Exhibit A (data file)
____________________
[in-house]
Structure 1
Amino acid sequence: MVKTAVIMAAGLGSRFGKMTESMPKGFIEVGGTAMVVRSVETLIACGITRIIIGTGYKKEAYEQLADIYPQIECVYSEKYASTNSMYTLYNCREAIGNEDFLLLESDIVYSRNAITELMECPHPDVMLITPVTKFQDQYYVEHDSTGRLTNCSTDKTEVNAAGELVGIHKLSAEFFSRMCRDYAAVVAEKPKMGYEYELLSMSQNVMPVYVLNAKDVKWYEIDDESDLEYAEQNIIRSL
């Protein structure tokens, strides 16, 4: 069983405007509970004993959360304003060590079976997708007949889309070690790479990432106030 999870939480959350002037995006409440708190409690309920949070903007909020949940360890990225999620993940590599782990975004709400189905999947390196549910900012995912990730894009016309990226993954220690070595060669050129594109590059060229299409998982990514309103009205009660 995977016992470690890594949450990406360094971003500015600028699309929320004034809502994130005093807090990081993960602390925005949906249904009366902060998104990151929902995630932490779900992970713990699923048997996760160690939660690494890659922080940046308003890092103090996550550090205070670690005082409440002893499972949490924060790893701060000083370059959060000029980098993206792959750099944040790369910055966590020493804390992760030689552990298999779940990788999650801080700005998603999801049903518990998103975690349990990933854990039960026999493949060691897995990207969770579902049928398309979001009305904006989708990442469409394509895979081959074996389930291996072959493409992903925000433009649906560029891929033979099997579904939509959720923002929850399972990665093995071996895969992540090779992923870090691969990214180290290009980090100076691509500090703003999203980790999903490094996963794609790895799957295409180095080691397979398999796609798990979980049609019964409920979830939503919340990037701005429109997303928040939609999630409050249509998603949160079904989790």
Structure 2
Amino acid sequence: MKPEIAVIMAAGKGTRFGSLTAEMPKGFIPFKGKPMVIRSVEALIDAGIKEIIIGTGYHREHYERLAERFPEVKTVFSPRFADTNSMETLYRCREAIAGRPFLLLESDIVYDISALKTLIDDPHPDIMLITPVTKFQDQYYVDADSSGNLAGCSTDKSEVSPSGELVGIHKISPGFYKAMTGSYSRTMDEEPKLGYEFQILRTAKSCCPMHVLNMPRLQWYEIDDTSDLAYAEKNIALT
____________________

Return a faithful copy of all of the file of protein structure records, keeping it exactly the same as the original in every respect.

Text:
[in-house]
Structure 1
Amino acid sequence: MVKTAVIMAAGLGSRFGKMTESMPKGFIEVGGTAMVVRSVETLIACGITRIIIGTGYKKEAYEQLADIYPQIECVYSEKYASTNSMYTLYNCREAIGNEDFLLLESDIVYSRNAITELMECPHPDVMLITPVTKFQDQYYVEHDSTGRLTNCSTDKTEVNAAGELVGIHKLSAEFFSRMCRDYAAVVAEKPKMGYEYELLSMSQNVMPVYVLNAKDVKWYEIDDESDLEYAEQNIIRSL
């Protein structure tokens, strides 16, 4: 069983405007509970004993959360304003060590079976997708007949889309070690790479990432106030 999870939480959350002037995006409440708190409690309920949070903007909020949940360890990225999620993940590599782990975004709400189905999947390196549910900012995912990730894009016309990226993954220690070595060669050129594109590059060229299409998982990514309103009205009660 995977016992470690890594949450990406360094971003500015600028699309929320004034809502994130005093807090990081993960602390925005949906249904009366902060998104990151929902995630932490779900992970713990699923048997996760160690939660690494890659922080940046308003890092103090996550550090205070670690005082409440002893499972949490924060790893701060000083370059959060000029980098993206792959750099944040790369910055966590020493804390992760030689552990298999779940990788999650801080700005998603999801049903518990998103975690349990990933854990039960026999493949060691897995990207969770579902049928398309979001009305904006989708990442469409394509895979081959074996389930291996072959493409992903925000433009649906560029891929033979099997579904939509959720923002929850399972990665093995071996895969992540090779992923870090691969990214180290290009980090100076691509500090703003999203980790999903490094996963794609790895799957295409180095080691397979398999796609798990979980049609019964409920979830939503919340990037701005429109997303928040939609999630409050249509998603949160079904989790």
Structure 2
Amino acid sequence: MKPEIAVIMAAGKGTRFGSLTAEMPKGFIPFKGKPMVIRSVEALIDAGIKEIIIGTGYHREHYERLAERFPEVKTVFSPRFADTNSMETLYRCREAIAGRPFLLLESDIVYDISALKTLIDDPHPDIMLITPVTKFQDQYYVDADSSGNLAGCSTDKSEVSPSGELVGIHKISPGFYKAMTGSYSRTMDEEPKLGYEFQILRTAKSCCPMHVLNMPRLQWYEIDDTSDLAYAEKNIALT